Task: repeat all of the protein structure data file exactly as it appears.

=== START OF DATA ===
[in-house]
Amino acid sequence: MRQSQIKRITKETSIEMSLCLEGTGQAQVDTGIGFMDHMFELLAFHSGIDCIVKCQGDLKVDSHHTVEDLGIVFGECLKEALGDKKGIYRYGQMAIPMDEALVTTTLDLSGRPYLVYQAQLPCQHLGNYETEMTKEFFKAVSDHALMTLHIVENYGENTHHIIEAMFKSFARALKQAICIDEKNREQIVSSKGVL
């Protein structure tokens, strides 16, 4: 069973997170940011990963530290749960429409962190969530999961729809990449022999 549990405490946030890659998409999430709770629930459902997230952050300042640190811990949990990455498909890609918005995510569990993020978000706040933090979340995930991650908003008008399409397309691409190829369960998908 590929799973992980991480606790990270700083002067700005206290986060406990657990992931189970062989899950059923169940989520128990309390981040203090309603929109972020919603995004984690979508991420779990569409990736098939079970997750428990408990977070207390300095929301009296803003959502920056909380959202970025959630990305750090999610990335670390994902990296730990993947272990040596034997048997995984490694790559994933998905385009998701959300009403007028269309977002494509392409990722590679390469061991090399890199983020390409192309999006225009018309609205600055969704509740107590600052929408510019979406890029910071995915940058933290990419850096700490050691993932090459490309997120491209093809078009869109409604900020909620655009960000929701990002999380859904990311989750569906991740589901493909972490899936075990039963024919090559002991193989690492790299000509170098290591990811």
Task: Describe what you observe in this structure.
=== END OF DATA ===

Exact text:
[in-house]
Amino acid sequence: MRQSQIKRITKETSIEMSLCLEGTGQAQVDTGIGFMDHMFELLAFHSGIDCIVKCQGDLKVDSHHTVEDLGIVFGECLKEALGDKKGIYRYGQMAIPMDEALVTTTLDLSGRPYLVYQAQLPCQHLGNYETEMTKEFFKAVSDHALMTLHIVENYGENTHHIIEAMFKSFARALKQAICIDEKNREQIVSSKGVL
């Protein structure tokens, strides 16, 4: 069973997170940011990963530290749960429409962190969530999961729809990449022999 549990405490946030890659998409999430709770629930459902997230952050300042640190811990949990990455498909890609918005995510569990993020978000706040933090979340995930991650908003008008399409397309691409190829369960998908 590929799973992980991480606790990270700083002067700005206290986060406990657990992931189970062989899950059923169940989520128990309390981040203090309603929109972020919603995004984690979508991420779990569409990736098939079970997750428990408990977070207390300095929301009296803003959502920056909380959202970025959630990305750090999610990335670390994902990296730990993947272990040596034997048997995984490694790559994933998905385009998701959300009403007028269309977002494509392409990722590679390469061991090399890199983020390409192309999006225009018309609205600055969704509740107590600052929408510019979406890029910071995915940058933290990419850096700490050691993932090459490309997120491209093809078009869109409604900020909620655009960000929701990002999380859904990311989750569906991740589901493909972490899936075990039963024919090559002991193989690492790299000509170098290591990811």
Task: Describe what you observe in this structure.